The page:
Describing Stern’s performance as “diplomatically skillful”, Ogden inquired further about the dynamics that characterized the negotiations leading up to the Paris Agreement. Elaborating on this, Stern iterated that the French bureaucracy handled the meeting exceptionally well. More specifically, they provided an open and inclusive atmosphere, providing all parties with the opportunity to be heard. Stern stressed that the inclusive environment increased the negotiators’ will to cooperate. Stern thus came to the conclusion that the French contribution was as crucial to the success of the climate conference as the diplomatic skills of the negotiators. He concluded that the process of organizing climate conferences was “an art, not a science,” and that the French had mastered it on an advanced level.

Replying to a question from the audience, Stern further explained that neither the negotiators nor governments had a formula for convincing as many countries as possible to join. He clarified that the first step was to acknowledge that it is impossible to convince every partner of each point in the agreement. Instead, one had to create enough “landing zones” and incorporate other country’s priorities to then find a common ground. Only because of this inclusive approach were we able to reach consensus among most countries.

The role of the U.S. government was not insignificant. According to Stern, the U.S. played a central role in pressuring countries to disclose their emission data or otherwise put their country’s reputation at stake. As opposed to the European Union, which favored an assessment process, the U.S. was convinced that such pressure was sufficient to ensure discipline among the countries. In particular, the U.S. believed in a binding transparency regime that was not to be punitive. In Stern’s view, the U.S. only slowly emerged from the margins of the debate, but was able to create momentum for this compromise. However, since the U.S. was not central to climate discussions in the past, the central role for him and his team was to establish the American position and to position itself among the key players.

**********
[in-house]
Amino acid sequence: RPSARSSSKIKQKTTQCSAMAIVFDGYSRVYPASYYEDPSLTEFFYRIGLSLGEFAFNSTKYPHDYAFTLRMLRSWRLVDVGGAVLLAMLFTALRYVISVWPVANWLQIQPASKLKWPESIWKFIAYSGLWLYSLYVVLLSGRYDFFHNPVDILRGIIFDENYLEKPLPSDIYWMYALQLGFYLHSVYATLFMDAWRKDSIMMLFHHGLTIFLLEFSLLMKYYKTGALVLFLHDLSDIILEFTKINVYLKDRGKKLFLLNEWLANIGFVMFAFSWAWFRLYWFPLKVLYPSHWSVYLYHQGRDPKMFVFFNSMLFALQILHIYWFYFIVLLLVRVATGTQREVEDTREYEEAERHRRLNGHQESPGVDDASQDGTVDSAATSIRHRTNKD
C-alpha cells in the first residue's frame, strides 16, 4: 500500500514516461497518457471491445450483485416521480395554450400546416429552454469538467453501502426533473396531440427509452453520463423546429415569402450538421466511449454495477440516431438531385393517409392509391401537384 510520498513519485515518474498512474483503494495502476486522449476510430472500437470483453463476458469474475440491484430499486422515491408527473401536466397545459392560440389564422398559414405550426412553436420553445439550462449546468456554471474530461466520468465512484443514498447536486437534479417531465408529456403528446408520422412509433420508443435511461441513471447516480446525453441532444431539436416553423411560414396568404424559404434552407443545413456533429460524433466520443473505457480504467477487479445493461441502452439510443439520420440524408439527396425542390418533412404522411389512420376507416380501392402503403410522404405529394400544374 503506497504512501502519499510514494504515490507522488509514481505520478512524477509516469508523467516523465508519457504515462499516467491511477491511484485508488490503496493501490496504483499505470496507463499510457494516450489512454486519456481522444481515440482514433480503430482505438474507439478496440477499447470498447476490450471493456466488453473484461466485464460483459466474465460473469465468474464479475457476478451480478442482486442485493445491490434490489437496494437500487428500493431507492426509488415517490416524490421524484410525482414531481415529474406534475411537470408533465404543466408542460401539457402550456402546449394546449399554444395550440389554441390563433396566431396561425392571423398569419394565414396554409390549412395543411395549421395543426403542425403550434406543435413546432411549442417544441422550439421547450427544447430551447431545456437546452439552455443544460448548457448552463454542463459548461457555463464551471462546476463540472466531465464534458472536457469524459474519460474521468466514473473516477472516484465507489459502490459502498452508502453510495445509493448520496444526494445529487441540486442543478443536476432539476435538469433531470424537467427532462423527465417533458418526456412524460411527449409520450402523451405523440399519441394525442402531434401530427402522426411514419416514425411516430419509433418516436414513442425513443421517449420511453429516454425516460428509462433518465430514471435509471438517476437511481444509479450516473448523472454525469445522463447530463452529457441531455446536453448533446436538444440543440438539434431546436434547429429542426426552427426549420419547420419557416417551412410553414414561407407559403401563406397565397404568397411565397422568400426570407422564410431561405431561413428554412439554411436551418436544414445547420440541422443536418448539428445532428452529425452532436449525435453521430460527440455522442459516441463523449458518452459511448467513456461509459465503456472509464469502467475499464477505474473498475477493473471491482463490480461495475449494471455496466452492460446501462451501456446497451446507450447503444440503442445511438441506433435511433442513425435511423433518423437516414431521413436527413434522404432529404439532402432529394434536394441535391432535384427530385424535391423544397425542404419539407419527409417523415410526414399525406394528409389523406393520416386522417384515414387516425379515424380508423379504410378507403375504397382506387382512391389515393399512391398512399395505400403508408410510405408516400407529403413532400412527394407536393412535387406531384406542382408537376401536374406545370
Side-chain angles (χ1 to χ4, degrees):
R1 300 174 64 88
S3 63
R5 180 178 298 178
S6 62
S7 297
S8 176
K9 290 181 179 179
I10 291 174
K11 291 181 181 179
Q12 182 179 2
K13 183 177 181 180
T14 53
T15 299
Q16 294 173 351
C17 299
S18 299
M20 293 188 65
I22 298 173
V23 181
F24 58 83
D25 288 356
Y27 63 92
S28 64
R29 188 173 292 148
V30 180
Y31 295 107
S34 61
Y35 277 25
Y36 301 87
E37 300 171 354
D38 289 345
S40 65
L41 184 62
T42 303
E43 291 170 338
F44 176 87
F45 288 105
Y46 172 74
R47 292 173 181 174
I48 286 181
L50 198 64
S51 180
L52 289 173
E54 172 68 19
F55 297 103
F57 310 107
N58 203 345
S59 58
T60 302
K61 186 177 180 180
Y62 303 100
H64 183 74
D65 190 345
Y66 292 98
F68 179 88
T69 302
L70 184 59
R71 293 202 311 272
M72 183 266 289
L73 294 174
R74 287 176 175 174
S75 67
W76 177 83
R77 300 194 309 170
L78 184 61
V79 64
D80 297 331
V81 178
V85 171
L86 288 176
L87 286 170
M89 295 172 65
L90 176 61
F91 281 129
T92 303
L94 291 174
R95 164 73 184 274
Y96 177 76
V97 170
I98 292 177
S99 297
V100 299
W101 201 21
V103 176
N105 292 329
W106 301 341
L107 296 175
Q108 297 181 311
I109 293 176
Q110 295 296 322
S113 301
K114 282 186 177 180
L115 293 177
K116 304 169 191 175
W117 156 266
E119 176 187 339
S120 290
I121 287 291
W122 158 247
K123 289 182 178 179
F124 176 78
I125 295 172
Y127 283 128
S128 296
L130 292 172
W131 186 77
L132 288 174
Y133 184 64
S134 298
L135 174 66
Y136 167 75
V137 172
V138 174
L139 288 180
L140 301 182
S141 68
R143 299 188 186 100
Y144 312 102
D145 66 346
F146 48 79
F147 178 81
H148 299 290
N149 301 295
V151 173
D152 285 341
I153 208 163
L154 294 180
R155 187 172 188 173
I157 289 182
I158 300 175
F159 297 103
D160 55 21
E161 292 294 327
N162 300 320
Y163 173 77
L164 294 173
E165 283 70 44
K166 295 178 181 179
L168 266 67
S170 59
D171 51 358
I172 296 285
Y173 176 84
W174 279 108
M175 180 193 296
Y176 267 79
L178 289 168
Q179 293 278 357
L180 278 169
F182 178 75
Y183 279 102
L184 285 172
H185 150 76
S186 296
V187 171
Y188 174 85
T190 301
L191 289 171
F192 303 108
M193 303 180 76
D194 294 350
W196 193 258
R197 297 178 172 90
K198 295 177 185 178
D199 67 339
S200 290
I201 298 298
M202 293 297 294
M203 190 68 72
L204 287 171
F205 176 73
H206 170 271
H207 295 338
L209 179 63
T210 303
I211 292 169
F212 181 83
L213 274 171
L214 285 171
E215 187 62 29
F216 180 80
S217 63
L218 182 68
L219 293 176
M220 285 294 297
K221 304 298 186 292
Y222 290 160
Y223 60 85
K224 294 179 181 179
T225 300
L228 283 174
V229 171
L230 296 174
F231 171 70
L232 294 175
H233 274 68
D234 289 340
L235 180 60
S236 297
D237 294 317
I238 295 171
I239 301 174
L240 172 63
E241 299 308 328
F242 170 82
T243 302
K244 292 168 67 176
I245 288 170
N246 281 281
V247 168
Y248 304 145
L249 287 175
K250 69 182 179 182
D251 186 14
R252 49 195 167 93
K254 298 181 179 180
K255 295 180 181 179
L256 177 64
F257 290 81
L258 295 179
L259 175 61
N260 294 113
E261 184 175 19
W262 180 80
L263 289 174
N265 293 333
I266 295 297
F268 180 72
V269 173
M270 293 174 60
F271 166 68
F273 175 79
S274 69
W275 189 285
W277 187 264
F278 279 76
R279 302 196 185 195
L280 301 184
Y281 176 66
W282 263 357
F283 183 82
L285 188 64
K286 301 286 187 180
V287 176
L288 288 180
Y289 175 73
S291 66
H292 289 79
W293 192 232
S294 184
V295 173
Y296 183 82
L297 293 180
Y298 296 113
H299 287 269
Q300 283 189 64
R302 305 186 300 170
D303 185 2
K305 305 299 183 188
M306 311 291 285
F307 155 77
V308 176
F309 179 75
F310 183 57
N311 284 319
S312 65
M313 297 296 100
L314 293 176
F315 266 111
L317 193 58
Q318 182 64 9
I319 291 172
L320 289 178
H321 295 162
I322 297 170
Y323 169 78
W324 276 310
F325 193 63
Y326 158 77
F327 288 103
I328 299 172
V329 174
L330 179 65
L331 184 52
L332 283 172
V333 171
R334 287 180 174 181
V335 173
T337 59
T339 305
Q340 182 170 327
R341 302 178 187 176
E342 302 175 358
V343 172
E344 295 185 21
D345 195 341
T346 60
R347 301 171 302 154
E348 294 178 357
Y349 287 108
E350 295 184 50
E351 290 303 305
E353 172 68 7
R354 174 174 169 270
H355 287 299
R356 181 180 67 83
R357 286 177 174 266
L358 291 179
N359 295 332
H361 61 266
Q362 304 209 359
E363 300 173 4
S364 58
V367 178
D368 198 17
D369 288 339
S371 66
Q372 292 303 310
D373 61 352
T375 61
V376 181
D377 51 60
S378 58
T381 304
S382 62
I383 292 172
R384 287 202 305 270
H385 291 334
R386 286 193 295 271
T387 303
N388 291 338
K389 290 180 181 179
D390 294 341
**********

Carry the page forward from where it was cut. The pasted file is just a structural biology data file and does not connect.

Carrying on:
What to expect from the future

Concluding the session, Stern discussed what the climate agreement means for the U.S. and future international efforts to combat climate change. Still more work needs to be done, in particular guidelines in the agreements need further clarifications. For any further actions to be taken continuing pressure by the international community is essential. Additionally, the negotiating countries will have to take steps to meet their targets on bilateral and multinational levels. Here, Stern stressed that, in particular, developing countries will have to be given the necessary support in order to attract foreign investments. Only then will these countries be able to restructure their economies in an environmentally friendly manner.

In essence, Stern argued that the agreement’s goals are achievable as long as the global economy is fundamentally transformed to a low to non-carbon system. Practical steps can be taken by providing incentives for the private economy to transform production. Stern understands Nicaragua as a trailblazer in this respect. By providing the legal and regulatory framework, countries such as Nicaragua have already undergone an energy transformation. Stern encouraged governments to speed up this development and hopes that Nicaragua can play an exemplary role. Finally, he believes that once we “get into a virtuous circle, where more action begets more action … and where the straight economic case says you are better off going with clean energy than with the alternative”, we will have succeeded.

By: Ylva Nelle

Edited by: Dr. Lars Hansel